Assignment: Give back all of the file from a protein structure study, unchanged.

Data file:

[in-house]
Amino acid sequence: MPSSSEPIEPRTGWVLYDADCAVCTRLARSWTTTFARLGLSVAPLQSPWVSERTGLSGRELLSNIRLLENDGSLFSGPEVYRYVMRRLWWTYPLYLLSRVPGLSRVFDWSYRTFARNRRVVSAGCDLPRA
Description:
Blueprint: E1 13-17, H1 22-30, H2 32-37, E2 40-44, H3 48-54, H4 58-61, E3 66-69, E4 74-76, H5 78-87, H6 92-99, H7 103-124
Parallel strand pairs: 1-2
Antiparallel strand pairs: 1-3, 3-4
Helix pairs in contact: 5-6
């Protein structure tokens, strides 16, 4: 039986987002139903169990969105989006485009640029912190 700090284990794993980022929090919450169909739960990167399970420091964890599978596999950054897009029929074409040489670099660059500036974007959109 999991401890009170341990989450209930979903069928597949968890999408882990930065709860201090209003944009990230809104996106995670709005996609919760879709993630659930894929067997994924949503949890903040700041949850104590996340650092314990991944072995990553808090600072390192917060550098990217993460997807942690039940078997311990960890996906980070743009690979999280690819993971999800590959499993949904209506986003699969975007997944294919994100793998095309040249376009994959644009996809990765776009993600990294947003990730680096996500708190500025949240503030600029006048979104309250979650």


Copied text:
[in-house]
Amino acid sequence: MPSSSEPIEPRTGWVLYDADCAVCTRLARSWTTTFARLGLSVAPLQSPWVSERTGLSGRELLSNIRLLENDGSLFSGPEVYRYVMRRLWWTYPLYLLSRVPGLSRVFDWSYRTFARNRRVVSAGCDLPRA
Description:
Blueprint: E1 13-17, H1 22-30, H2 32-37, E2 40-44, H3 48-54, H4 58-61, E3 66-69, E4 74-76, H5 78-87, H6 92-99, H7 103-124
Parallel strand pairs: 1-2
Antiparallel strand pairs: 1-3, 3-4
Helix pairs in contact: 5-6
């Protein structure tokens, strides 16, 4: 039986987002139903169990969105989006485009640029912190 700090284990794993980022929090919450169909739960990167399970420091964890599978596999950054897009029929074409040489670099660059500036974007959109 999991401890009170341990989450209930979903069928597949968890999408882990930065709860201090209003944009990230809104996106995670709005996609919760879709993630659930894929067997994924949503949890903040700041949850104590996340650092314990991944072995990553808090600072390192917060550098990217993460997807942690039940078997311990960890996906980070743009690979999280690819993971999800590959499993949904209506986003699969975007997944294919994100793998095309040249376009994959644009996809990765776009993600990294947003990730680096996500708190500025949240503030600029006048979104309250979650």